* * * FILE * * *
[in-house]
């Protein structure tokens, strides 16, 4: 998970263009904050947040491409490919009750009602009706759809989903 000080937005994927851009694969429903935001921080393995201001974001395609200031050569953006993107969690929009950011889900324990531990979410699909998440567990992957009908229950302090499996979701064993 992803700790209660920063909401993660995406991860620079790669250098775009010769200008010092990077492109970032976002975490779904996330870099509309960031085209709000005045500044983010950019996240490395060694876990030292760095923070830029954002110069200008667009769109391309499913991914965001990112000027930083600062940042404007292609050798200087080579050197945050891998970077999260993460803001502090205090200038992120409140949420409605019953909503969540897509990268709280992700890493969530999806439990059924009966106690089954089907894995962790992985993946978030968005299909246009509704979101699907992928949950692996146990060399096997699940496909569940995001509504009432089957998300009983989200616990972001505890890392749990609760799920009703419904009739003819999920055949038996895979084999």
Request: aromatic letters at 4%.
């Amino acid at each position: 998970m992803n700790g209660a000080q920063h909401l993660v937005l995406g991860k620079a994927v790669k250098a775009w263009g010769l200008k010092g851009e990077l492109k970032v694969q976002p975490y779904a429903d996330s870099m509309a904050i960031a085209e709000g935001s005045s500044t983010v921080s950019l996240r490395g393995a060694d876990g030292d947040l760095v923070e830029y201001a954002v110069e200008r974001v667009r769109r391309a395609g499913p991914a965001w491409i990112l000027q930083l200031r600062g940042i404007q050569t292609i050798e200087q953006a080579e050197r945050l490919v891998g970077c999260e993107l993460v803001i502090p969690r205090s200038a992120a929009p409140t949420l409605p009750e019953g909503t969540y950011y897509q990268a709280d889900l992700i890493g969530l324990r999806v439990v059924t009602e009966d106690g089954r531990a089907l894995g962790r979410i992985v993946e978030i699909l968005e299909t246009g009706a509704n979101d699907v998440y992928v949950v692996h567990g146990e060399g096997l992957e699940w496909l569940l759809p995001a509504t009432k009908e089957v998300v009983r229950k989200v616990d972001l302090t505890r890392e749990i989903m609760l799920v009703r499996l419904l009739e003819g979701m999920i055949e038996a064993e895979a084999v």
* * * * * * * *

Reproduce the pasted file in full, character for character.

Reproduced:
[in-house]
């Protein structure tokens, strides 16, 4: 998970263009904050947040491409490919009750009602009706759809989903 000080937005994927851009694969429903935001921080393995201001974001395609200031050569953006993107969690929009950011889900324990531990979410699909998440567990992957009908229950302090499996979701064993 992803700790209660920063909401993660995406991860620079790669250098775009010769200008010092990077492109970032976002975490779904996330870099509309960031085209709000005045500044983010950019996240490395060694876990030292760095923070830029954002110069200008667009769109391309499913991914965001990112000027930083600062940042404007292609050798200087080579050197945050891998970077999260993460803001502090205090200038992120409140949420409605019953909503969540897509990268709280992700890493969530999806439990059924009966106690089954089907894995962790992985993946978030968005299909246009509704979101699907992928949950692996146990060399096997699940496909569940995001509504009432089957998300009983989200616990972001505890890392749990609760799920009703419904009739003819999920055949038996895979084999």
Request: aromatic letters at 4%.
């Amino acid at each position: 998970m992803n700790g209660a000080q920063h909401l993660v937005l995406g991860k620079a994927v790669k250098a775009w263009g010769l200008k010092g851009e990077l492109k970032v694969q976002p975490y779904a429903d996330s870099m509309a904050i960031a085209e709000g935001s005045s500044t983010v921080s950019l996240r490395g393995a060694d876990g030292d947040l760095v923070e830029y201001a954002v110069e200008r974001v667009r769109r391309a395609g499913p991914a965001w491409i990112l000027q930083l200031r600062g940042i404007q050569t292609i050798e200087q953006a080579e050197r945050l490919v891998g970077c999260e993107l993460v803001i502090p969690r205090s200038a992120a929009p409140t949420l409605p009750e019953g909503t969540y950011y897509q990268a709280d889900l992700i890493g969530l324990r999806v439990v059924t009602e009966d106690g089954r531990a089907l894995g962790r979410i992985v993946e978030i699909l968005e299909t246009g009706a509704n979101d699907v998440y992928v949950v692996h567990g146990e060399g096997l992957e699940w496909l569940l759809p995001a509504t009432k009908e089957v998300v009983r229950k989200v616990d972001l302090t505890r890392e749990i989903m609760l799920v009703r499996l419904l009739e003819g979701m999920i055949e038996a064993e895979a084999v």